Veterinärmedizinische Universität Wien. "Keeping pets sweet: Treating diabetes in dogs." ScienceDaily. www.sciencedaily.com/releases/2011/09/110923095003.htm (accessed January 29, 2015).

Share This


More From ScienceDaily



More Plants & Animals News

Thursday, January 29, 2015

Featured Research

from universities, journals, and other organizations


Featured Videos

from AP, Reuters, AFP, and other news services

Dogs Bring on So Many Different Emotions in Their Human Best Friends

Dogs Bring on So Many Different Emotions in Their Human Best Friends

RightThisMinute (Jan. 28, 2015) — From new-puppy happy tears to helpful-grocery-carrying-dog laughter, our four-legged best friends can make us feel the entire spectrum of emotions. Video provided by RightThisMinute
Powered by NewsLook.com
Scientists Say Earliest Snakes Lived Alongside The Dinosaurs

Scientists Say Earliest Snakes Lived Alongside The Dinosaurs

Newsy (Jan. 28, 2015) — Wrongly categorized as lizard fossils, snake fossils now show the reptile could have developed earlier than we thought — 70 million years earlier. Video provided by Newsy
Powered by NewsLook.com
Sugary Drinks May Cause Early Puberty In Girls, Study Says

Sugary Drinks May Cause Early Puberty In Girls, Study Says

Newsy (Jan. 28, 2015) — Harvard researchers found that girls who consumed more than 1.5 sugary drinks a day had their first period earlier than those who drank less. Video provided by Newsy
Powered by NewsLook.com
Scientists Hold Emergency Meeting to Save Endangered Rhinos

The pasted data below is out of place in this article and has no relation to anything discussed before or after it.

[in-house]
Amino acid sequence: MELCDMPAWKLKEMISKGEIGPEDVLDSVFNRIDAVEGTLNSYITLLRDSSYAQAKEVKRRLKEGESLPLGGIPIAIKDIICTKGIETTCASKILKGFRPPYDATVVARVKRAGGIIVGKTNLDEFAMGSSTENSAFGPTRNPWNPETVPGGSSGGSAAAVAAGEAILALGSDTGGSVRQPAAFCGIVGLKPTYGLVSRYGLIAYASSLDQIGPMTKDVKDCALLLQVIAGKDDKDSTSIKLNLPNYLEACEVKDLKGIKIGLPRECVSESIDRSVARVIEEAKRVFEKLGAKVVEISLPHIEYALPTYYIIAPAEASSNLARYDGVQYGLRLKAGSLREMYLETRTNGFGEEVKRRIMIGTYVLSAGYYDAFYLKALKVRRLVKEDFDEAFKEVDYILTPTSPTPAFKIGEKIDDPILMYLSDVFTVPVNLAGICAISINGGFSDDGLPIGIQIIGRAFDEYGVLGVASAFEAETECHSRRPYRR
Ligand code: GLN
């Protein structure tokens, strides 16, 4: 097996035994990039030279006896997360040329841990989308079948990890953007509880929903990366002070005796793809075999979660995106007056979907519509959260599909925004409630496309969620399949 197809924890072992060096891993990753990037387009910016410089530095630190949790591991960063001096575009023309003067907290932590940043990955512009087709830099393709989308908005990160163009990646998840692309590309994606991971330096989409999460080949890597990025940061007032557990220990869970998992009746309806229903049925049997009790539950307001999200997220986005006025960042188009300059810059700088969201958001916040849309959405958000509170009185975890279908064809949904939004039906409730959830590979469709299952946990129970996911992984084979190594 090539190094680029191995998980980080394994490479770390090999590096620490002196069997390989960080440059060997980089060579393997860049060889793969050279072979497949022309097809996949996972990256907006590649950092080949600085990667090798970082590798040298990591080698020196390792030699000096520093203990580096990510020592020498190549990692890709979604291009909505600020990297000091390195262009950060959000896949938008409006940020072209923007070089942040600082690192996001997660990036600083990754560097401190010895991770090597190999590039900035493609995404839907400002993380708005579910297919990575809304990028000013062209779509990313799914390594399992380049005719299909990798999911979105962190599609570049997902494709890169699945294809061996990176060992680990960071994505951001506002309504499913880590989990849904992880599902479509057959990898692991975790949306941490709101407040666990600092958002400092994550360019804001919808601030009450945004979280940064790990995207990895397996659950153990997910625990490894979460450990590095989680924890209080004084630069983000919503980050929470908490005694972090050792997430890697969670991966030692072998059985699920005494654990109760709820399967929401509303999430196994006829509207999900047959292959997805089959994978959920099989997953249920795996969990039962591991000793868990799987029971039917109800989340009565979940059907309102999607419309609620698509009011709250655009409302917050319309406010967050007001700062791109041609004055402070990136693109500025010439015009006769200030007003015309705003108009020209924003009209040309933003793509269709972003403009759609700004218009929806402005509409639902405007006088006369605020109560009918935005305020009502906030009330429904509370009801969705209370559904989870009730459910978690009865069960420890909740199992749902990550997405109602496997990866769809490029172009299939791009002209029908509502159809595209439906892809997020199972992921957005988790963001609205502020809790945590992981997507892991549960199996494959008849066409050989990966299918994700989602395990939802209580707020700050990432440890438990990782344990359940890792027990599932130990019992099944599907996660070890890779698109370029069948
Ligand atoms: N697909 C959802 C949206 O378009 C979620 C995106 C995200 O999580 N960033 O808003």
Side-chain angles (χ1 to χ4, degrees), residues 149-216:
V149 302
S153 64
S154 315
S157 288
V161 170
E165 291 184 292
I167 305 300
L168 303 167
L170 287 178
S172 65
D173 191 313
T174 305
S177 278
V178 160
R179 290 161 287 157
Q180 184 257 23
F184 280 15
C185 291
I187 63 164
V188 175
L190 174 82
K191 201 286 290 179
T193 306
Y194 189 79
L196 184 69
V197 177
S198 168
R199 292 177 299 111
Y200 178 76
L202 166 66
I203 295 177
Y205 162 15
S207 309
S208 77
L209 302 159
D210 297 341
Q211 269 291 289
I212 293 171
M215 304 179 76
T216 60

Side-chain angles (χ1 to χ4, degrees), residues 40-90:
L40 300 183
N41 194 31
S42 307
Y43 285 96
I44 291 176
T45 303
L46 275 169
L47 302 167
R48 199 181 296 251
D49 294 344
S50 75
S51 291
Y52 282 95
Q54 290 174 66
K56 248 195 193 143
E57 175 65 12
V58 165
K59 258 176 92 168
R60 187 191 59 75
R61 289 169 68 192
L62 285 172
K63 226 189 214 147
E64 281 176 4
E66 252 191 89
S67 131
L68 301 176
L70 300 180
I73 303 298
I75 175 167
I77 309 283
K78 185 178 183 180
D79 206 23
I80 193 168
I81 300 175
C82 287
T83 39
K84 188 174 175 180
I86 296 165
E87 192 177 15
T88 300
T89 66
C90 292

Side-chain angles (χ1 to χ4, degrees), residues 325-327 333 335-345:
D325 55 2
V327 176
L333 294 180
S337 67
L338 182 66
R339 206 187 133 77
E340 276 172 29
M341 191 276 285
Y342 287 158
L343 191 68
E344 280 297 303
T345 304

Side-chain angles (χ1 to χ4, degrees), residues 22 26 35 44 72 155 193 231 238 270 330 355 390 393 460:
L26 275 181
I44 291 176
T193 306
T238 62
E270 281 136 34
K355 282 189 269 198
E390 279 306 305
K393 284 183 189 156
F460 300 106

Scientists Hold Emergency Meeting to Save Endangered Rhinos

AFP (Jan. 28, 2015) — Conservationists and scientists hold talks in Kenya to come up with a last ditch plan to save the northern white rhinoceros from extinction. Duration: 01:06 Video provided by AFP
Powered by NewsLook.com

Search ScienceDaily

Number of stories in archives: 140,361

Find with keyword(s):
 
Enter a keyword or phrase to search ScienceDaily for related topics and research stories.

Save/Print:
Share:  

Breaking News:

Strange & Offbeat Stories

 

Plants & Animals

Earth & Climate

Fossils & Ruins

In Other News

... from NewsDaily.com

Science News

Health News

Environment News

Technology News



Save/Print:
Share:  

Free Subscriptions


Get the latest science news with ScienceDaily's free email newsletters, updated daily and weekly. Or view hourly updated newsfeeds in your RSS reader:

Get Social & Mobile


Keep up to date with the latest news from ScienceDaily via social networks and mobile apps:

Have Feedback?


Tell us what you think of ScienceDaily -- we welcome both positive and negative comments. Have any problems using the site? Questions?
Mobile iPhone Android Web
Follow Facebook Twitter Google+
Subscribe RSS Feeds Email Newsletters
Latest Headlines Health & Medicine Mind & Brain Space & Time Matter & Energy Computers & Math Plants & Animals Earth & Climate Fossils & Ruins